Thursday, July 24, 2008

What A Pleasant Surprise

A couple days ago the Royals were losing to the Tigers 19-4 in the ninth inning... and then something magical happened. KC brought Tony Pena Jr. in to pitch. That's shortstop Tony Pena Jr.

Here we go:

He touched 91 with the fastball, and struck Ivan Rodriguez out looking with a curveball. He had a low arm angle that's though on righties, and threw strikes. 1 IP, no baserunners. Now normally this would just be your typical blowout sideshow, but considering the way Pena "hits" (152 / 174 / 201, which isn't much better than the average NL pitcher at 140 / 181 / 177) a move to the mound - even as a situational righty out of the pen - may be more valuable to the team than putting him in the line-up at short. Heck, he can even do both; pitching sometimes and being a defensive replacement.

Maybe my new favorite tool, WAR, will provide some insight.

As a position player:

I know Pena isn't as bad as he's looked this season (probably) so let's use his updated Marcel forecast. [Marcel is a relatively simplistic projection method that just looks at past stats, weighting the recent ones more heavily.] Using Excel, using Excel, and... done. Pena is projected to hit 240 / 274 / 337 for the rest of the year. His stats translate into a very poor .262 wOBA. That means that if he only plays about 60% of the time (which is about what's happening), he will be worth -2 Wins Above (which is actually below) Replacement with the bat. He gets +0.5 for being a shortstop, and lets say another +1 for being good with the glove. Then there's the +2.5 for playing on the AL. All that adds up to a WAR of about 0.5 (once the other parts are also adjusted for playing time). Tony Pena Jr. is just a little above replacement level as a shortstop.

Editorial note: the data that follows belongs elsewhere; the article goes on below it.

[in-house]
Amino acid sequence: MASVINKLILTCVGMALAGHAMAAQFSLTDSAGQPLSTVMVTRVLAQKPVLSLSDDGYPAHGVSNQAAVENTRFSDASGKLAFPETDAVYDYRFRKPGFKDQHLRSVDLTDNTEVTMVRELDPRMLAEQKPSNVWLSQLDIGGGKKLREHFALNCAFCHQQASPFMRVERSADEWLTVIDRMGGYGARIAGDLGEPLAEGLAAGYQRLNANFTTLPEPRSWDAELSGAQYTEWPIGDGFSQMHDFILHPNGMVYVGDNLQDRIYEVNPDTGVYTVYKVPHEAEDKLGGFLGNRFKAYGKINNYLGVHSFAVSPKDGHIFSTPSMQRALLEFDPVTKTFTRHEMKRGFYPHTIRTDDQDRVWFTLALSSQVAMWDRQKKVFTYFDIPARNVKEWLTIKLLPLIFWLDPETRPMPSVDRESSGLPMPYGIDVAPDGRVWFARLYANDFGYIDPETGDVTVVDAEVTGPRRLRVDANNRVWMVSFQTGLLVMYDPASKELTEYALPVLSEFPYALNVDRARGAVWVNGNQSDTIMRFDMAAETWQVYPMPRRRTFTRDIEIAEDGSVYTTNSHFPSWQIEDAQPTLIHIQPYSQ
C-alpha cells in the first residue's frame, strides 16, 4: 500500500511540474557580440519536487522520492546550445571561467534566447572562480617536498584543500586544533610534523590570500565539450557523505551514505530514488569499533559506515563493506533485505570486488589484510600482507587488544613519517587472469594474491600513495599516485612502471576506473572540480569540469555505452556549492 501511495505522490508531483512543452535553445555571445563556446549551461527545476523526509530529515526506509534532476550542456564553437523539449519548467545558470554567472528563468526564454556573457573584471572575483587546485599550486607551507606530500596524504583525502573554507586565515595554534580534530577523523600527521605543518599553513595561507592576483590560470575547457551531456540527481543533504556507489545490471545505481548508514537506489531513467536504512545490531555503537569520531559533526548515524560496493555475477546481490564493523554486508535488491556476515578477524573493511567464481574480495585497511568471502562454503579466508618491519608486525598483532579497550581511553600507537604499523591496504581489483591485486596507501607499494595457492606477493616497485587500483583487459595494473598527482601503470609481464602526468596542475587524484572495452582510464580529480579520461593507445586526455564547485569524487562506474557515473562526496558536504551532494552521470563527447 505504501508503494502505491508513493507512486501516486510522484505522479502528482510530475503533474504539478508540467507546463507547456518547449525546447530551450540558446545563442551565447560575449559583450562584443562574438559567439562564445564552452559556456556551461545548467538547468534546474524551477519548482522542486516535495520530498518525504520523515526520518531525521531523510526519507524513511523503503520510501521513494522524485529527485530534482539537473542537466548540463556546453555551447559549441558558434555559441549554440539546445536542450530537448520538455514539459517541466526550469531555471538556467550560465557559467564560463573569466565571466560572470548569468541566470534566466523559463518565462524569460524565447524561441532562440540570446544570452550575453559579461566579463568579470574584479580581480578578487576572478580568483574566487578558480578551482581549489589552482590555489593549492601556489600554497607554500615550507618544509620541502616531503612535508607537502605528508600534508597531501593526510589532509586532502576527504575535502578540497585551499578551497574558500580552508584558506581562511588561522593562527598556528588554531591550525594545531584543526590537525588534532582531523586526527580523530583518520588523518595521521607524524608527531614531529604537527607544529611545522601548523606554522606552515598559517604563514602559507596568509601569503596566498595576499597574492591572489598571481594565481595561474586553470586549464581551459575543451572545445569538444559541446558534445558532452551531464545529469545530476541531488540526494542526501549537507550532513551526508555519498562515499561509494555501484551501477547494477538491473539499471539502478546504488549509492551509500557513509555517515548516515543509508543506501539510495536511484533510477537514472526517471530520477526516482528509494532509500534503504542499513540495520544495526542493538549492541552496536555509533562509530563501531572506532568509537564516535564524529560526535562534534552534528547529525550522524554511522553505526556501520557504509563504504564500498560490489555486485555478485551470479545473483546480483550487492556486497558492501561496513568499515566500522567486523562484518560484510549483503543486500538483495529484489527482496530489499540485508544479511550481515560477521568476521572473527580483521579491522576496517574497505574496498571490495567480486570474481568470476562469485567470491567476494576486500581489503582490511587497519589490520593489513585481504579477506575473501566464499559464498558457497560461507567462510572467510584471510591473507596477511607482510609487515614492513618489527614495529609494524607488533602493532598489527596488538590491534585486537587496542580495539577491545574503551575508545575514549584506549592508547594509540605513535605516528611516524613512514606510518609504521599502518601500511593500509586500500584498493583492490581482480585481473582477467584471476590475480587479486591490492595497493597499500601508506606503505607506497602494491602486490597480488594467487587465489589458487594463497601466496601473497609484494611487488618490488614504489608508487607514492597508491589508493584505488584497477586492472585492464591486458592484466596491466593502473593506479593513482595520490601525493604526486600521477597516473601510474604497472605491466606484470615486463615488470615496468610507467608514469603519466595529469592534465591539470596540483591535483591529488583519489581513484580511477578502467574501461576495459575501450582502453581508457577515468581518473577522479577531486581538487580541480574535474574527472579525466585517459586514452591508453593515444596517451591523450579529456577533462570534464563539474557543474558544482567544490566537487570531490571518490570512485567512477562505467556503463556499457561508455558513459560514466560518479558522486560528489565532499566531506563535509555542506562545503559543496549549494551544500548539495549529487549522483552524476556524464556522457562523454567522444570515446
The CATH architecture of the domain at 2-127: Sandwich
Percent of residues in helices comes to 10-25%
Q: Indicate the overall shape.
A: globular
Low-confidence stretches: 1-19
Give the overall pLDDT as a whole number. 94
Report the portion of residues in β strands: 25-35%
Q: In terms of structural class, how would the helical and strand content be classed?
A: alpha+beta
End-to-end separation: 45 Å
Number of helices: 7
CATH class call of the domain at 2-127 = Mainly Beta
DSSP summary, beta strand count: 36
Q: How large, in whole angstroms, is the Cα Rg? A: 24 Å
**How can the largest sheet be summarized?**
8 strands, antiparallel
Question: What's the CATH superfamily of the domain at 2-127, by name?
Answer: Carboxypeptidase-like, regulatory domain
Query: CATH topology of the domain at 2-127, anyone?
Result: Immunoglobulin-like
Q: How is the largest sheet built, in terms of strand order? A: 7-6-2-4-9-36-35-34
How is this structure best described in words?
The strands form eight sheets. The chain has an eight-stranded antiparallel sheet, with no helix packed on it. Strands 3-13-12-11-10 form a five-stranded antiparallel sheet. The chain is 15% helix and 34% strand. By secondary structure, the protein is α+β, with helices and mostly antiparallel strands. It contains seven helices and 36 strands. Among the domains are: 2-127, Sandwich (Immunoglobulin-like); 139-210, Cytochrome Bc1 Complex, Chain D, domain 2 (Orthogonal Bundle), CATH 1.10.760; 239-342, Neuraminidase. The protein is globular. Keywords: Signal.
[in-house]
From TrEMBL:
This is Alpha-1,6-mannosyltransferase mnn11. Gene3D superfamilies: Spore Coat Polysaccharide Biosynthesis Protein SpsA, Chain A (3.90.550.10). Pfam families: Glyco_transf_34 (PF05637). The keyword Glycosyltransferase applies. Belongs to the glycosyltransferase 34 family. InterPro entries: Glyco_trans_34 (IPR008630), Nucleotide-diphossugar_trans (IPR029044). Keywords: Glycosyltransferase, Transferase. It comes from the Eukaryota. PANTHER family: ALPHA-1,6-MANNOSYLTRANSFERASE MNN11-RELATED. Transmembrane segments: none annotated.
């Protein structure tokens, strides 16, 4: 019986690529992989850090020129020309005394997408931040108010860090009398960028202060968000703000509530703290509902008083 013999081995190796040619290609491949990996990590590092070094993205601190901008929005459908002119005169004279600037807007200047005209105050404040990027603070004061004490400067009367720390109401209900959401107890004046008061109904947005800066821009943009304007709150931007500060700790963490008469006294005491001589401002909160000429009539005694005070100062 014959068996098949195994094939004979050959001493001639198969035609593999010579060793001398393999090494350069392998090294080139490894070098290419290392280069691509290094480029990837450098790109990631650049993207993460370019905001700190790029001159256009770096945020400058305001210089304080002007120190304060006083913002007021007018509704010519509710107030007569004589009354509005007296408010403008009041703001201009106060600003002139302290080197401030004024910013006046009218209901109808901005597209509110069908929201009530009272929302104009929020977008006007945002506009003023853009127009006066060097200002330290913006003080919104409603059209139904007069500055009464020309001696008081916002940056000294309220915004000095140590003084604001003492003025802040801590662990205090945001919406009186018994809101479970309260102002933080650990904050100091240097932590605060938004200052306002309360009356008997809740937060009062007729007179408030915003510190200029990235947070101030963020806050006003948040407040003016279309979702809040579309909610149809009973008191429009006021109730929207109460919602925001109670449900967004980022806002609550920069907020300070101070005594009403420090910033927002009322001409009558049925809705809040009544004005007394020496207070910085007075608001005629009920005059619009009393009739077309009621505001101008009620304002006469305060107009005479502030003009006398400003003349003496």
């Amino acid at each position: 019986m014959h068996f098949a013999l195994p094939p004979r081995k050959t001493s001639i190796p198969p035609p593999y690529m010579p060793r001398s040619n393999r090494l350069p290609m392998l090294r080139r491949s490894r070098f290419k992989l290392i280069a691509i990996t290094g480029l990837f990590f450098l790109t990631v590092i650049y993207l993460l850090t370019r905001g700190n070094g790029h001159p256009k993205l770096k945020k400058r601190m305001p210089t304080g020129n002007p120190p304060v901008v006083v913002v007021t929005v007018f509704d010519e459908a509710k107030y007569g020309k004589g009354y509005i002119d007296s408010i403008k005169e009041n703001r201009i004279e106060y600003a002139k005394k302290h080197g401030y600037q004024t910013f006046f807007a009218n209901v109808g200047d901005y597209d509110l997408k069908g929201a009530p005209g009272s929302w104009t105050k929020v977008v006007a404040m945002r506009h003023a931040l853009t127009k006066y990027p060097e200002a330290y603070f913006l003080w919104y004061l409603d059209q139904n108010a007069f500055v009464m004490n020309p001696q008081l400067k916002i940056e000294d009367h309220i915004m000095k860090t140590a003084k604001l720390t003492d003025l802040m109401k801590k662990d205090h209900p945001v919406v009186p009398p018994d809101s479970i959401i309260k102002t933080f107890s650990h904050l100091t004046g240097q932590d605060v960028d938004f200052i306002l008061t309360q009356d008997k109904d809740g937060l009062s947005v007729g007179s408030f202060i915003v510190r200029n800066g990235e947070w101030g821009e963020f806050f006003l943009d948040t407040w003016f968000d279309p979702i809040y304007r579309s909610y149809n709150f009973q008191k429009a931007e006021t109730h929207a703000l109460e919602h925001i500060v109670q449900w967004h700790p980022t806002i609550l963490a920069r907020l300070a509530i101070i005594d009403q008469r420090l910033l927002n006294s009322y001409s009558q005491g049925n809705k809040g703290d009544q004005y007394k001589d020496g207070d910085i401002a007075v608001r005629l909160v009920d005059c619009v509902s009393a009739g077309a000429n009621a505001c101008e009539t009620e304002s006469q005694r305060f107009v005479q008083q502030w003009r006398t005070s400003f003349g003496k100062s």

As a pitcher:

For the switch to be worthwhile, Pena would need to be able to maintain an ERA of about 4.40 if he gets around 50 IP a year in low leverage situations. That would also make him about a 0.2 WAR player. Can he do that? Maybe. Is it worth finding out? I certainly think so. Maybe once he actually, you know, trains to pitch, he'll become a quality (3.50 ERA) reliever. Then the Royals can use him in the 7th and 8th innings to set up Joakim Soria, and he'd be worth over 1 WAR a year. At the very least, it'll give Royals fans something interesting to follow.

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